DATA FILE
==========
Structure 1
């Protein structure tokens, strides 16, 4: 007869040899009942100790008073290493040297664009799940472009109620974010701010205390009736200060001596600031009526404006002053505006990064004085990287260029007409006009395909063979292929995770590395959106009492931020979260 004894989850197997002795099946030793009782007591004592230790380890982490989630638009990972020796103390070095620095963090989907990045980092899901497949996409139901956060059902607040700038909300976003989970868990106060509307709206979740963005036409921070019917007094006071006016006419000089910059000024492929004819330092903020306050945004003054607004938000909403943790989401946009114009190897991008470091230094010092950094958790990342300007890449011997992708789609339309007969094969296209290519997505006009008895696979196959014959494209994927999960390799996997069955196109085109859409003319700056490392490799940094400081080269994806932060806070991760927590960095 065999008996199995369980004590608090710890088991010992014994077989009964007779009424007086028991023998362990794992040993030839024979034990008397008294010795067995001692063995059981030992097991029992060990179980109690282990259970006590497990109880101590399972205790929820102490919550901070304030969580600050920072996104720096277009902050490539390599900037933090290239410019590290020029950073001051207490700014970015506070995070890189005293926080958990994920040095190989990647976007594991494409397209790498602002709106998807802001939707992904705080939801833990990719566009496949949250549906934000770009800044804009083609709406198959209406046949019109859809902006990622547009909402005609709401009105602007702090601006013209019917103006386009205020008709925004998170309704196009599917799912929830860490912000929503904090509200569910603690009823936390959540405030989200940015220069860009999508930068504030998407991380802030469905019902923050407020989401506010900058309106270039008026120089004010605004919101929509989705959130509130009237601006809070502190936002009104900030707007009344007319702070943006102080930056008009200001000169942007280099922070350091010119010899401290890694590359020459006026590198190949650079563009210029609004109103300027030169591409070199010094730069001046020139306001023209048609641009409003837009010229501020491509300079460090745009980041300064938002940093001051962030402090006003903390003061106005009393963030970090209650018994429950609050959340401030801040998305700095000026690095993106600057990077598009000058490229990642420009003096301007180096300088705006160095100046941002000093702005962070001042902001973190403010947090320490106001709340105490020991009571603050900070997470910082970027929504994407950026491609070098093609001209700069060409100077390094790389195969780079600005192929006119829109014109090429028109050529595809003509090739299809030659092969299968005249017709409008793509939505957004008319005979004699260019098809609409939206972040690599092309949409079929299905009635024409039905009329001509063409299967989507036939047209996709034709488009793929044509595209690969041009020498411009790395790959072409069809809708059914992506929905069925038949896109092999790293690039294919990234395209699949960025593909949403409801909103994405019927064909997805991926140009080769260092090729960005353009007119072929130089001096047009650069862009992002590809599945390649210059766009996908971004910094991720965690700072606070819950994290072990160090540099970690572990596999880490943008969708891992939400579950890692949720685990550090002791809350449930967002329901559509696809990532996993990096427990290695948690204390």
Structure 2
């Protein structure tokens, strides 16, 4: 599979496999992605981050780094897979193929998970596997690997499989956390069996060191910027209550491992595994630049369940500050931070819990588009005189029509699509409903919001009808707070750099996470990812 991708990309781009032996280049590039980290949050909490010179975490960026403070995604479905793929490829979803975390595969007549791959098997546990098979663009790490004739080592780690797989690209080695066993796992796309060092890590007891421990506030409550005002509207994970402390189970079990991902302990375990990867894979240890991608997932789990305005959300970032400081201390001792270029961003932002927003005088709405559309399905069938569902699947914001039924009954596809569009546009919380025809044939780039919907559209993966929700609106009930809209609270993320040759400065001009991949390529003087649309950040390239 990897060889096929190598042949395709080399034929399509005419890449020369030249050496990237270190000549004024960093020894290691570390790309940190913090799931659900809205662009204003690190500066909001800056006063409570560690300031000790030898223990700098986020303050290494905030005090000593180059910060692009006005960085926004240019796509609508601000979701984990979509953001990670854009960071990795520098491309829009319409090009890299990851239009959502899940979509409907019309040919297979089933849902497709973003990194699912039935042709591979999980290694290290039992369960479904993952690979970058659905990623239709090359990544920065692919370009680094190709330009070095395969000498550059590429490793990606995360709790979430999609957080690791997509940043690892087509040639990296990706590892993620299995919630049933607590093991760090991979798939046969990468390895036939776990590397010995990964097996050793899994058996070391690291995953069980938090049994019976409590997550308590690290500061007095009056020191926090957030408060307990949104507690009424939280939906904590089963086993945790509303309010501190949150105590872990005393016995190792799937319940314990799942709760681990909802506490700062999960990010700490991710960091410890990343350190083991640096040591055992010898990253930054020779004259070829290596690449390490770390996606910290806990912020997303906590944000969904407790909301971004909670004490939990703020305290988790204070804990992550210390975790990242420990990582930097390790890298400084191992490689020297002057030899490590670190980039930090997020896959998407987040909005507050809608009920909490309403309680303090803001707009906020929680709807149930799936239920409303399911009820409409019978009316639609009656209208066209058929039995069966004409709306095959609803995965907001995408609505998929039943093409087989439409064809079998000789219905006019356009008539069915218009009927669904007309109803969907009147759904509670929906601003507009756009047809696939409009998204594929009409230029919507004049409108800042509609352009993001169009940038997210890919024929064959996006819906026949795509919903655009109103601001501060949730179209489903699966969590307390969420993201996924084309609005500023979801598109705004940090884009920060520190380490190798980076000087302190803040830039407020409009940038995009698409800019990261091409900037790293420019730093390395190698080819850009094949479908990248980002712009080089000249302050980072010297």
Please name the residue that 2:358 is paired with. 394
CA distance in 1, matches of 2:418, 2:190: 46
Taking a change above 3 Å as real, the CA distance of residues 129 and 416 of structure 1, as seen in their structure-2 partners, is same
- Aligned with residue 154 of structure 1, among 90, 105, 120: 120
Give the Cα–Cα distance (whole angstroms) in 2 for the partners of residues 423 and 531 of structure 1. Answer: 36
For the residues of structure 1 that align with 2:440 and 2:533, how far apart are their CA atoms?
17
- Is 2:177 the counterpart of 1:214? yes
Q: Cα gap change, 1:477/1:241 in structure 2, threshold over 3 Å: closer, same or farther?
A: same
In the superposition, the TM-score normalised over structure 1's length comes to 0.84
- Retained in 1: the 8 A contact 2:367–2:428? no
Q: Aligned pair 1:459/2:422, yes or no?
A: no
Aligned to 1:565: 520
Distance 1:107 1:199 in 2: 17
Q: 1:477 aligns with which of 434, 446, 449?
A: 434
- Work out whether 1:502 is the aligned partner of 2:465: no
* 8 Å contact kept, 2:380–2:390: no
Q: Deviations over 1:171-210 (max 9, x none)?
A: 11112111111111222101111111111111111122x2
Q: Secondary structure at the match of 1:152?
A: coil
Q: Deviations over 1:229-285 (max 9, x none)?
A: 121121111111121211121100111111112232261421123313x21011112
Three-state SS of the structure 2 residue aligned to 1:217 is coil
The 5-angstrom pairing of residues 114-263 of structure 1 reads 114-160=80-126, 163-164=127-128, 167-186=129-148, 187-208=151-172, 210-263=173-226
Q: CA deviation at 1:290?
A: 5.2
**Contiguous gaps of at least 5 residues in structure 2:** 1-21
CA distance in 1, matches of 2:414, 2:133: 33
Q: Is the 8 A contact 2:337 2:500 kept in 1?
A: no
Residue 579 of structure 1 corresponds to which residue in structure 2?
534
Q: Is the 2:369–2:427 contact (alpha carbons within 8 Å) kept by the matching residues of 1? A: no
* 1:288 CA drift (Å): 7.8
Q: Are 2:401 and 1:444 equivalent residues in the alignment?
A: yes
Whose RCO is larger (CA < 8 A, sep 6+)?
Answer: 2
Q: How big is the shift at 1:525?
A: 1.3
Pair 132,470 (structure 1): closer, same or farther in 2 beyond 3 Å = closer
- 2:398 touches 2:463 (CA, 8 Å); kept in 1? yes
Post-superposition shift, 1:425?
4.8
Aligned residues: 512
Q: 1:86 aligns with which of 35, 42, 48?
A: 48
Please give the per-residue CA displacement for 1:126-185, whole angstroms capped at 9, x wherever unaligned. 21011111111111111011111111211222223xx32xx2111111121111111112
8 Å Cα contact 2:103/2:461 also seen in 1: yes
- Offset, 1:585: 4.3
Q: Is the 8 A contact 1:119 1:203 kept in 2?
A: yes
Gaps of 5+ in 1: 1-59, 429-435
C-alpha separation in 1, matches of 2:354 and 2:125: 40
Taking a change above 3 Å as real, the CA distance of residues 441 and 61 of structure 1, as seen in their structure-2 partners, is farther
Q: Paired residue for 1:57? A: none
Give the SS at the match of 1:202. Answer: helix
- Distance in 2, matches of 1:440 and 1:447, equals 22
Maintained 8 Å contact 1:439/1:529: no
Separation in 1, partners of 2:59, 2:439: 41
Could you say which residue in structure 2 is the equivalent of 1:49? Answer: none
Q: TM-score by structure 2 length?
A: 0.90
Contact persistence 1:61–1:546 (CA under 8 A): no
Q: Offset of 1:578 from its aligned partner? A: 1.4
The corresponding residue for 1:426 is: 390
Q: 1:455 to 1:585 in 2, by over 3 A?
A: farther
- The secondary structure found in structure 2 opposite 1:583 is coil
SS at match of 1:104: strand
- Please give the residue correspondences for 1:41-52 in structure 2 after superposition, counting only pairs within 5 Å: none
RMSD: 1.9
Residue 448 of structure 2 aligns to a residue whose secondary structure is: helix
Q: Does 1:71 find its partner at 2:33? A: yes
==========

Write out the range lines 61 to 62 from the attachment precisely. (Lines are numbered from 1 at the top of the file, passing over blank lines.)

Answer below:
Gaps of 5+ in 1: 1-59, 429-435
C-alpha separation in 1, matches of 2:354 and 2:125: 40